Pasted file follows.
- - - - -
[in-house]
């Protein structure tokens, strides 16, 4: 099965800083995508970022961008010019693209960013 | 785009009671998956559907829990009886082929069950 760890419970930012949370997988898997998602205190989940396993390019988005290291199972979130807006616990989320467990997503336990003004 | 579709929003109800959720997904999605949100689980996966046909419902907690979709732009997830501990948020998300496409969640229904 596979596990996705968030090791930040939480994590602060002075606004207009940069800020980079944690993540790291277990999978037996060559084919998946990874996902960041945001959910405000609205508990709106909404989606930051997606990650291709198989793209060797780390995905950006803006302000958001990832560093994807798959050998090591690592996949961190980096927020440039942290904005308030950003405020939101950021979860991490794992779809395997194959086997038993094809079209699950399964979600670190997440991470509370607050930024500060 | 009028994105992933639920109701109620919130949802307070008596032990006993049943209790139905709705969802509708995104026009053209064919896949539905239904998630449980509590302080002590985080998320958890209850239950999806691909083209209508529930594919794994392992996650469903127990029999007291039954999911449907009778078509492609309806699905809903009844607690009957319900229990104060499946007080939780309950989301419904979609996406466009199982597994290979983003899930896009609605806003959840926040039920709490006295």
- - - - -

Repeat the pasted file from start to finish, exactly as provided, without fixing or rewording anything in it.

[in-house]
């Protein structure tokens, strides 16, 4: 099965800083995508970022961008010019693209960013 | 785009009671998956559907829990009886082929069950 760890419970930012949370997988898997998602205190989940396993390019988005290291199972979130807006616990989320467990997503336990003004 | 579709929003109800959720997904999605949100689980996966046909419902907690979709732009997830501990948020998300496409969640229904 596979596990996705968030090791930040939480994590602060002075606004207009940069800020980079944690993540790291277990999978037996060559084919998946990874996902960041945001959910405000609205508990709106909404989606930051997606990650291709198989793209060797780390995905950006803006302000958001990832560093994807798959050998090591690592996949961190980096927020440039942290904005308030950003405020939101950021979860991490794992779809395997194959086997038993094809079209699950399964979600670190997440991470509370607050930024500060 | 009028994105992933639920109701109620919130949802307070008596032990006993049943209790139905709705969802509708995104026009053209064919896949539905239904998630449980509590302080002590985080998320958890209850239950999806691909083209209508529930594919794994392992996650469903127990029999007291039954999911449907009778078509492609309806699905809903009844607690009957319900229990104060499946007080939780309950989301419904979609996406466009199982597994290979983003899930896009609605806003959840926040039920709490006295």